The Cayenne could soon shake up what it means to be a collectible Porsche

The Porsche market was the center of attention last week in a Scottsdale panel discussion, hosted by Hagerty and organized by the Porsche Club of America. While the conversation often returned to the familiar classic Porsche models, there was a surprise topic that fueled the conversation.

This is a companion discussion topic for the original entry at https://www.hagerty.com/articles-videos/articles/2019/01/22/porsche-cayenne-next-collectible

No mention of the Panameras. They embody true Porsche technology in a capable four-place. 400+ HP from 3 liter twin turbo.

We own and drive daily a 2006 Cayenne S which we picked up used about 8 years ago. All of the shortcomings of the car have been addressed and repaired or replaced, and the car is so wonderful, that my wife says we always have to have one! We bought it with 60,000 miles, and now it has 152,000 miles and still gets compliments on its good looks. Runs strong, and the only series of Cayenne with a low range, which we use here on the Big Island. All the later models are soccer mom cars!


Some of these people need to go drive past the local strip mall or fast food joint. Tired, lot damaged, clear coat failure Cayennes are as ubiquitous as Explorers or PT Cruisers used to be, complete with smoking exhaust, bald tires and perma-stained, never-cleaned wheels.

By the way, “millennials” have no idea of what a 944 even is.

@NOSBS2T - You are right, there are a lot of tired and beat down Cayennes out there. But the good ones are becoming more desirable and sought after. Low mileage and excellent condition examples are hard to come by and that will drive value as more buyers look to these great models in the future.

It’s also hard to say that younger enthusiasts have no idea what the 944 model is. It’s purely anecdotal on my end, but I know more than a few millennials who own the water-pumper Porsche model.

1 Like

Are we discussing collectible cars here or just really “cool” used cars? It’s only a matter of time until the collector car hobby is populated by a variety of Honda Preludes that stir up memories for the gen x’ers. Maybe even some vintage VW Jettas? Do you think they’ll have neon lighting?

1 Like

Regardless of condition an early Cayenne has a lot in common with vehicles you can buy today and ones you see all around you. I think the key to what makes a car collectible is that they don’t make them like that anymore and you don’t see them everyday. The Cayenne has a long way to go until you can say those things about it.

1 Like

I think the writer makes a valid point. Especially with the early 955s. I have a 955 Turbo 2004, in addition to others.

When the 970 was introduced I got an invitation from Porsche to come and see the car and take a test drive. The rep showed me a Yachting Blue 970 Turbo loaded to the gills.

The performance was impressive but in real world terms offered not much more than my 955 Turbo is capable of. That’s not to discount or discourage it the 970’s historic significance and place in the kingdom of all that is Porsche. However, I think it may play a role in who buys a 955 v. a 970.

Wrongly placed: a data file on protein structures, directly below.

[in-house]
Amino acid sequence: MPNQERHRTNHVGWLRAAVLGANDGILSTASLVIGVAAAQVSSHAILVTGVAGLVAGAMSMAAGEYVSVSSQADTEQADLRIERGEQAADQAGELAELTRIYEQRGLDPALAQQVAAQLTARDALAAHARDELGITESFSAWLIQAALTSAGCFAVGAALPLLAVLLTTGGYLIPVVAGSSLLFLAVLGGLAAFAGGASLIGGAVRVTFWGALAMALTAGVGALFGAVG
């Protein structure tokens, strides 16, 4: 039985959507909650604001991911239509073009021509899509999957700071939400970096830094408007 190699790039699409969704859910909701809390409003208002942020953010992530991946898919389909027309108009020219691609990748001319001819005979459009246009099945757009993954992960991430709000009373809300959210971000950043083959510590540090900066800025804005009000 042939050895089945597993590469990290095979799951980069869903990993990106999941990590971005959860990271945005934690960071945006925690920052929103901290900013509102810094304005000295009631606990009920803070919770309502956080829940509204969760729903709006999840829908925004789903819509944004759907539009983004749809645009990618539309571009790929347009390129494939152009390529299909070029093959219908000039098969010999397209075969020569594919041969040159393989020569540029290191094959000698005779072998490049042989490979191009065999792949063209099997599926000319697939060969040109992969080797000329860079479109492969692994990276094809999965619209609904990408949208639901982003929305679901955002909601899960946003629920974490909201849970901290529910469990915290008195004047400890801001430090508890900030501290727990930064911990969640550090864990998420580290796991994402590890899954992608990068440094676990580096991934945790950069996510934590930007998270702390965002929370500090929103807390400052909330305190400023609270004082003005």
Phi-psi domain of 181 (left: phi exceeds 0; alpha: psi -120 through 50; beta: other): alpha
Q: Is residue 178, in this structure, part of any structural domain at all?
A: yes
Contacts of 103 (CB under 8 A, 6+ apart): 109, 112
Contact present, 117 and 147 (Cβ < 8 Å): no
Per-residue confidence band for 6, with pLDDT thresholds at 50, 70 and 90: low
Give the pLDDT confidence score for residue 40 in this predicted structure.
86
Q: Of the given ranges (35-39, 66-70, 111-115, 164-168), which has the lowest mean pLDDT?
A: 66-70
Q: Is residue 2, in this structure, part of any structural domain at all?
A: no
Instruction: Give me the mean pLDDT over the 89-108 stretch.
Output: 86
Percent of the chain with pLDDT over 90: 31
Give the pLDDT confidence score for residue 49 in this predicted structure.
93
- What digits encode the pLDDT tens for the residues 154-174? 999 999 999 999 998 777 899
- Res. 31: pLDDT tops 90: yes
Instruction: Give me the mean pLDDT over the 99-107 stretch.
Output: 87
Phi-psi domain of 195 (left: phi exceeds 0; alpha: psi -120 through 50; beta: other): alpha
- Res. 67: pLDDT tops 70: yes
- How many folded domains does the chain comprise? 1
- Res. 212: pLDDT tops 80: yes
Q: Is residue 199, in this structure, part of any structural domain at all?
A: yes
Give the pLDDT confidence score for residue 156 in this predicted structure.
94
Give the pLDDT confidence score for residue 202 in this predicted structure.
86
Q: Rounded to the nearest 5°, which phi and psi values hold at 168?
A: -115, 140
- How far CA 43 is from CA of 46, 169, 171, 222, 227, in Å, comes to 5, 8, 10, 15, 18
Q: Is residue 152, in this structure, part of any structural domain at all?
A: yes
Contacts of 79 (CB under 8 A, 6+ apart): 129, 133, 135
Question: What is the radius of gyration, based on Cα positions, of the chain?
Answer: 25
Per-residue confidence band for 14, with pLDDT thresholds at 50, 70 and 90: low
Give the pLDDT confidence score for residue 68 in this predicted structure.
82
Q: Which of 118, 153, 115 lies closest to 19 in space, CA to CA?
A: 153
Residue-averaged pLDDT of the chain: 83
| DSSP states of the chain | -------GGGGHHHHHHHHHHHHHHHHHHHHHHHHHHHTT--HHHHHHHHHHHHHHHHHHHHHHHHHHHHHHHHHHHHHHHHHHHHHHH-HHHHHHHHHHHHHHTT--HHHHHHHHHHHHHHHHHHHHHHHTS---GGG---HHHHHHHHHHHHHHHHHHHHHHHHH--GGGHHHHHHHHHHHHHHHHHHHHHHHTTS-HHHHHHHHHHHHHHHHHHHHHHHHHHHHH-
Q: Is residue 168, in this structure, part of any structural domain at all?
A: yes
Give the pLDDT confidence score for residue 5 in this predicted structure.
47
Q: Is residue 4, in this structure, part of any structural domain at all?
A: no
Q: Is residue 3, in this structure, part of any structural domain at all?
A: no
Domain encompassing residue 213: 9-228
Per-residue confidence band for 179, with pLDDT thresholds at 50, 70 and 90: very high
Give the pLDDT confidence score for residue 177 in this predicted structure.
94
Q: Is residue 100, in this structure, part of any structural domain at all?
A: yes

Now the true collector I am sure will have both. I aim to complete the current set with a 980 if I can ever save enough to afford one.

Interesting, I didn’t know that about the older Cayennes, what is the “low range” years?

2003 to 2006. Flip of a switch in the center console while in Neutral. Other part of same center cluster in the Turbo model changes the ride height. I think it may have been a rare option on the S model as well. Just had rear wheel bearings replaced. Left one was singing loudly. Gas mileage went up on our short hauls up and down the hill to the shop every day from 15 up to 17 and the sensitive tranny shifts very smoothly again. Wonderful 2 ton, 150 MPH, all wheel drive Panzer Tank! Yawol!

1 Like

On long hauls not climbing hills, gets over 18 mpg.

After reading this article I hope haggerty will consider writing coverage on Porsche Cayenne’s.
I’m a owner of a mint 2005 turbo and early boxster
Haggerty writes the coverage on my boxster but last check would not cover my Cayenne

Same here, owner of a 2004 Cayenne Turbo. I’ve checked in the past to add it to my policy and was told they wouldn’t cover it… Has this changed???

@ratbonesxx - In some cases we are able to write the Cayenne. Give us a call at 800.922.4050 and talk to an agent to see if it is something we can add you your current policy.

I’ll call tomorrow, thanks.

Think it’s going to take more the just the two of us to get them to look at changing policy
Can only hope people with old rovers

Srt’s etc will also reply

Seems obvious that any “expense “

SUV or truck will likely land in the collectors category given enough time

This. So much, this…

Higher value vehicles command a higher value residual resale value.

The high value also makes regular auto insurance companies more likely to repair than total out in the event of a loss or accident. In other words, the more the car is worth initially, the less likely regular auto insurers are going to consider them a disposable, throwaway good.

Whether or not they are actually worthy enough of this is another distinction, based more on people’s personal opinions.

Also own a few Porsche’s, had a 2008 Cayenne which Hagerty insured for about a year but when upgraded to 2012 and wanted to transfer insurance got much HASSEL and after more than a day waiting was told it doesn’t fit Hagerty’s guidelines ???
So why are they sending this article???
To buy one and then to be told they wouldn’t insure it? I don’t get it.